Students notoriously have lots of problems learning about helping verbs and creating questions.
One of the reasons I enjoy teaching tag questions is because it seems to solidify their question making abilities. I’ve devised some fun and interesting ways for you to successfully incorporate tag questions, as often textbooks gloss right over them. Put these tips for teaching tag questions into action and marvel at how much better your students begin forming questions in general!
He’s Funny, Isn’t He?
Introduction to Tag Questions
The best way I have found to introduce these tricky little buggers is to first start with sentences and then display how to incorporate questions into the statements. You’ll want to use a variety of examples (with a variety of helping verbs) and may as well get some good pronoun practice in as well. Here we go:
Statement Confirming Question (I know this to be true): (I think this is true (90%), but I need confirmation): John is a teacher. John is a teacher, isn’t he? (Isn’t John a teacher?) You are smart. You are smart, aren’t you? Mary runs every day. Mary runs every day, doesn’t she?
When explaining tag questions, there are a few questions that you need to answer. For example, what is the purpose of using a tag question? And when is it appropriate to use a tag question over a regular question? In order to answer those questions, you need to discuss what it means to make assumptions or draw conclusions. When you use a tag question, you are essentially making sure that you are correct about something by confirming what you think or assume to be true. For example from above, I saw Mary running on Tuesday and Wednesday, and on Friday she talked about getting ready for a marathon. I’m not 100 % certain that she runs every day, but I am making an assumption that she most likely runs every day. I am using the tag question to confirm my idea. You’ll want to provide several examples about this usage explanation.
The format is pretty straightforward for tag questions. They are called tag questions, because the question is tagged onto the end, almost as an afterthought. The same helping verb that is used in the statement is used in the question, but in the question it is turned into a negative. This is great practice for pronoun usage and subject-verb agreement. Show a lot of examples and show what you mean on the board.
Some examples are:
She is a teacher, isn’t she? Or Mary is a teacher, isn’t she?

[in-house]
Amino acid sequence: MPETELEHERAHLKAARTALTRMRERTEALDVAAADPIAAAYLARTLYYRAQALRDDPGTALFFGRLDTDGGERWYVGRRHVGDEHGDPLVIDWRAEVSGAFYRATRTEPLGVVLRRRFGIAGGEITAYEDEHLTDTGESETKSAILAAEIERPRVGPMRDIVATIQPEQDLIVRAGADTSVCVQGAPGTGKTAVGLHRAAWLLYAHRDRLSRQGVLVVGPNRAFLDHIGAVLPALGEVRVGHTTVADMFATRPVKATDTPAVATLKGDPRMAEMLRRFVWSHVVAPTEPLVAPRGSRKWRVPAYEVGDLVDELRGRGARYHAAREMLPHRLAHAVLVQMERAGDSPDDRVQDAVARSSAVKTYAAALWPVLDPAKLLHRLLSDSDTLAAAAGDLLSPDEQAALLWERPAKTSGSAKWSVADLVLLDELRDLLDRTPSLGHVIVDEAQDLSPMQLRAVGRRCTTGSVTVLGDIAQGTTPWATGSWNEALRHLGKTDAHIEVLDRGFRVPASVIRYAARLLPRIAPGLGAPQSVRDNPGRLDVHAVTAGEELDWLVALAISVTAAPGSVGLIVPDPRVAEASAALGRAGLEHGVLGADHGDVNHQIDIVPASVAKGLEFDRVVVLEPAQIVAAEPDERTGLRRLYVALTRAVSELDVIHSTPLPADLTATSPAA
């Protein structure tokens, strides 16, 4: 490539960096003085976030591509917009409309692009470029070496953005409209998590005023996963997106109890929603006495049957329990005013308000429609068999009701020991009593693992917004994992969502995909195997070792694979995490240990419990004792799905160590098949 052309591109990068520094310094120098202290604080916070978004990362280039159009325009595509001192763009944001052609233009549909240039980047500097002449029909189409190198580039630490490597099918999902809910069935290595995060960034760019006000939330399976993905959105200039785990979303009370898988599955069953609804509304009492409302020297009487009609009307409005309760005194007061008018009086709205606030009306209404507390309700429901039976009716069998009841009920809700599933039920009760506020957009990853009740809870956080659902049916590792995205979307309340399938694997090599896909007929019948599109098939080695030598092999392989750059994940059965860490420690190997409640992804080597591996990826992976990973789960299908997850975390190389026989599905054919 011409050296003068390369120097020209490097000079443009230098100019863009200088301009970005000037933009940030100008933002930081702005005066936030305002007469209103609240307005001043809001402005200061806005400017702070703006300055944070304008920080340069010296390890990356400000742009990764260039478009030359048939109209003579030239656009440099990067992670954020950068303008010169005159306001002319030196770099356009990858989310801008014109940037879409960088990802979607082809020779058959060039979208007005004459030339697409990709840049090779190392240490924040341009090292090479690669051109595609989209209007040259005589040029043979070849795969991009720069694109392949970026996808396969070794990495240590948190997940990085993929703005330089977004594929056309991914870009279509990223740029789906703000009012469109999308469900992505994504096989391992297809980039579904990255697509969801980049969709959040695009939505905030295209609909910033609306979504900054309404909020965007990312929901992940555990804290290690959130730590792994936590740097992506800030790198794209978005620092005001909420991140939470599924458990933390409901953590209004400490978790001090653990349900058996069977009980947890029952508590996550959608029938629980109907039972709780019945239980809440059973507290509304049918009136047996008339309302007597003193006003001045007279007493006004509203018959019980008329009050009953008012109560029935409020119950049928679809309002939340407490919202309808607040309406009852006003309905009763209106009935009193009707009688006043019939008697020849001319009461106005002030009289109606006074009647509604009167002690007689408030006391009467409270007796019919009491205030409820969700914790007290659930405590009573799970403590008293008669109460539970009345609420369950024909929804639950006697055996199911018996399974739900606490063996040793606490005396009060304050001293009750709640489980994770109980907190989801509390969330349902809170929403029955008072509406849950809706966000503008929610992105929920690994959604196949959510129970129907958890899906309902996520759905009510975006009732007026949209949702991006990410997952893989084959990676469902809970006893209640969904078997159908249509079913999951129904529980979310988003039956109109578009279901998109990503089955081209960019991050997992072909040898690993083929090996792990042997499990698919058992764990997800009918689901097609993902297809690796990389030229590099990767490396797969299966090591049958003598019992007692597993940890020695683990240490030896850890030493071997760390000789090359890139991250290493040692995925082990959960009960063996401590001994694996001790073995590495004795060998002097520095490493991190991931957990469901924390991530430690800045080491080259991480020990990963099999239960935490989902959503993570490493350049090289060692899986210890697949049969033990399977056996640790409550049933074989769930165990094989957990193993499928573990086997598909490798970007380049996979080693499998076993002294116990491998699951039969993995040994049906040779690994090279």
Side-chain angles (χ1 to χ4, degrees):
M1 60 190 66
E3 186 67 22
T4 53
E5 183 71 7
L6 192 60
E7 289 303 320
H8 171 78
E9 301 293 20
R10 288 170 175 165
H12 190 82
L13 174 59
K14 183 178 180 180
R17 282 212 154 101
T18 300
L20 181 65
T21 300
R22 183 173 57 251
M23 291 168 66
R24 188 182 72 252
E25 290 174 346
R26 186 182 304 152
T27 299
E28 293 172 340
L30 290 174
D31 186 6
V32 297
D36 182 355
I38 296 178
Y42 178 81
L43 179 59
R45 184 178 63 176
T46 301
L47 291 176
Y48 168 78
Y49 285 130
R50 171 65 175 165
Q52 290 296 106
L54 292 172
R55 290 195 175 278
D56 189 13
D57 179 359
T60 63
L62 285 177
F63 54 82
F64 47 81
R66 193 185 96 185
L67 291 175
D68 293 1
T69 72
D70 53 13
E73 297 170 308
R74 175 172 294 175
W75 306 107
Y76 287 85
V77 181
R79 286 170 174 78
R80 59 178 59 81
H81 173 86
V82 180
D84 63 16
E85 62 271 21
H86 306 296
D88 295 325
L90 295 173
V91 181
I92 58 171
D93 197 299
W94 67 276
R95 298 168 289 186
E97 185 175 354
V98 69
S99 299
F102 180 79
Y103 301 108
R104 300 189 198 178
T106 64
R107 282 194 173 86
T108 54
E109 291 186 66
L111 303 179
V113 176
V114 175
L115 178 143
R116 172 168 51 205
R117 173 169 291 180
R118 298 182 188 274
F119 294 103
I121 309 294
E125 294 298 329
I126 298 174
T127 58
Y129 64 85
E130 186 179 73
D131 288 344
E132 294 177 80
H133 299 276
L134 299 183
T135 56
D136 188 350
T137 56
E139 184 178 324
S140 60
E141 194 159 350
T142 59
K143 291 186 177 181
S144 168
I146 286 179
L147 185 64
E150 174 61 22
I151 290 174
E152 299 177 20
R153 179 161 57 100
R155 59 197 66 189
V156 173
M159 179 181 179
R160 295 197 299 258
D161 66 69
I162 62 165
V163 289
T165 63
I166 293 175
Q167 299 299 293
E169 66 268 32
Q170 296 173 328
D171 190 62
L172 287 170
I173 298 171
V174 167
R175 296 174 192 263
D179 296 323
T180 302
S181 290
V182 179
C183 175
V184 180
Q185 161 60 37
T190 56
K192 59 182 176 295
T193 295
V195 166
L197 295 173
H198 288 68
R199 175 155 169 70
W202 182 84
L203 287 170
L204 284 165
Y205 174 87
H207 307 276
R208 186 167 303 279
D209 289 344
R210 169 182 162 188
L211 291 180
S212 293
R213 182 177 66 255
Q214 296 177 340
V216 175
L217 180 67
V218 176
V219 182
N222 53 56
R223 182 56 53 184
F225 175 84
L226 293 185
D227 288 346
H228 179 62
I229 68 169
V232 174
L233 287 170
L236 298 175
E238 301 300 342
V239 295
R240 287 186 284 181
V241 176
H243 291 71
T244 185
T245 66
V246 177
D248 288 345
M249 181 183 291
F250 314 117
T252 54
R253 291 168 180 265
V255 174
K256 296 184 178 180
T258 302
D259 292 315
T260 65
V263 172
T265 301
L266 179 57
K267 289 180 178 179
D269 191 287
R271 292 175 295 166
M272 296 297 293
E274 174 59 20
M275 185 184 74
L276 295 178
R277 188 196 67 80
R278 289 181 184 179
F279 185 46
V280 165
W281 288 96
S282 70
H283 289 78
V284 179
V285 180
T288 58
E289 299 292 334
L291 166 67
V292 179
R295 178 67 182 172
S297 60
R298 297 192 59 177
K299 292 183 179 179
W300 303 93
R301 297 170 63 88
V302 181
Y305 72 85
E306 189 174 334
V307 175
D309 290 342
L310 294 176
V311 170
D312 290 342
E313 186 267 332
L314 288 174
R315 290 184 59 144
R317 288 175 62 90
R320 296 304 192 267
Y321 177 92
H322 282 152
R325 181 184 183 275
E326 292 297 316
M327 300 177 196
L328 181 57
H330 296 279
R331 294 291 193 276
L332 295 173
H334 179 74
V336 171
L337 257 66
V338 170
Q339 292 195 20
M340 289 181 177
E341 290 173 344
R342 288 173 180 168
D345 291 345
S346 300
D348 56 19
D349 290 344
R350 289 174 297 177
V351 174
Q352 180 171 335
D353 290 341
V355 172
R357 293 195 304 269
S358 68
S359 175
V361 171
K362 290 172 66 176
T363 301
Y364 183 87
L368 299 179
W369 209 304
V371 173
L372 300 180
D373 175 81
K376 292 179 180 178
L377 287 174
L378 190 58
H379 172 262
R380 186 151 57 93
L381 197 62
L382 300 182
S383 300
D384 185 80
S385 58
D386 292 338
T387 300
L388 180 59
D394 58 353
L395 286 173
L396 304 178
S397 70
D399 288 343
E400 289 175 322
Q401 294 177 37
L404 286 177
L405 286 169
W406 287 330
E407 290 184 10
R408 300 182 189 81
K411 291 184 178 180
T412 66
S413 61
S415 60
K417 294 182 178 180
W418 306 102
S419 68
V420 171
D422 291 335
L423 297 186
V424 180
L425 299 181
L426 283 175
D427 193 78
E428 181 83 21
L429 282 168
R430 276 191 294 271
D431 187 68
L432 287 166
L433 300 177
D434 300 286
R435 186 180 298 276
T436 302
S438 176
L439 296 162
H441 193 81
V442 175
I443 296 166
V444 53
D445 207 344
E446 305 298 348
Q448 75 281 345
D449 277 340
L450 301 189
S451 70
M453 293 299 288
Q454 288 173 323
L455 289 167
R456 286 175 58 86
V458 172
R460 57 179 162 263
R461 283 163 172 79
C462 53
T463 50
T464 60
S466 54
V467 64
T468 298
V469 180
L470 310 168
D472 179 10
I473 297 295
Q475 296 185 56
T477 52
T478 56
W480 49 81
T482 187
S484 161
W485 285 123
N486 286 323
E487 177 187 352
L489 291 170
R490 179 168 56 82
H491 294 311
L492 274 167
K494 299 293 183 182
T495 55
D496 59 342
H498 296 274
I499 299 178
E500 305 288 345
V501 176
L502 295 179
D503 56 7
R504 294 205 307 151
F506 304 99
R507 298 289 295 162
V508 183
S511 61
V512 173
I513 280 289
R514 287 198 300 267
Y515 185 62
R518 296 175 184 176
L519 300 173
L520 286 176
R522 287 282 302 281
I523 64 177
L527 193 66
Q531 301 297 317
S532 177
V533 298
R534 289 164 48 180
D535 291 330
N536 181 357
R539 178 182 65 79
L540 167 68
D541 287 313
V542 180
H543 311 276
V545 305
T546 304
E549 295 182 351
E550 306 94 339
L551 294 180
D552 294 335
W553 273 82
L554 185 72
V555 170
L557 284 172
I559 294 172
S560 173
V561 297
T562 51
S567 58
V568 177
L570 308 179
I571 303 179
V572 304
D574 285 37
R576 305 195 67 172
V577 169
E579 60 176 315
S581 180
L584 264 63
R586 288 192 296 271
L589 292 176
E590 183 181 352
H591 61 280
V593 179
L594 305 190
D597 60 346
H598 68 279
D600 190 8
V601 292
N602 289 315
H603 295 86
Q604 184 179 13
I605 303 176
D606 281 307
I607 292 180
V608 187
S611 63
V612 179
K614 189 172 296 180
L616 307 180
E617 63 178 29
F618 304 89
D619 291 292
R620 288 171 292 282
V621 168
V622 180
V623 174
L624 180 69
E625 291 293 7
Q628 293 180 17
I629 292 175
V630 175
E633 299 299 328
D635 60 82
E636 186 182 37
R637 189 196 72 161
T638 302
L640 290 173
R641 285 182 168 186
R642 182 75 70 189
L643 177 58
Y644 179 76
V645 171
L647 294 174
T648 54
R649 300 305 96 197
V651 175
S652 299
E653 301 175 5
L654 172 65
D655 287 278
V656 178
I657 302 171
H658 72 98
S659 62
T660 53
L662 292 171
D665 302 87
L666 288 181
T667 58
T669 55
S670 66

We are happy, aren’t we? Or The students are happy aren’t they?
The only exception to seeing the helping verb in the statements is with “do”. Do is always a bit tricky, so provide examples that make your point clearly.
John likes to eat pizza. (We don’t say John does like to eat pizza, it is implied)
John, likes to eat pizza, doesn’t he?
Here the helping verb does is implied because generally when we make questions with action verbs, we use a form of do for the helping verb.
Simple sentence Question? Tag Question John likes chocolate. Does John like chocolate? John likes chocolate, doesn’t he? John spoke to Sue. Did John speak to Sue? John spoke to Sue, didn’t he? John loves Sue. Does he love Sue? John loves Sue, doesn’t he?
Practicing Tag Question is Fun, Isn’t It?
Practicing tag questions takes some creativity because the language point isn’t the most natural. I have found that if you practice general question making along with tag questions, you will really be able to view comprehension first-hand. One of the best ways you can do this is to give out surveys to pairs of students. Provide prompts instead of full questions so that part of the activity requires the students ask the right questions. Prompts could be simple words or phrases, like Hawaii, Baseball, and Karaoke. Once they have gone through the Q and A discuss each prompt as a class. Create a tally of answers to the questions so that they can practice making assumptions and drawing conclusions. For example: John and Mary like playing baseball, don’t they? Mark has never been to Hawaii, has he?
Tag questions can lead to practice of all types of other questions, so keep that in mind when you introduce them.
You’ll want to have a variety of activities lined up so that students get a good hands-on work out, and the opportunity to ask lots of questions!
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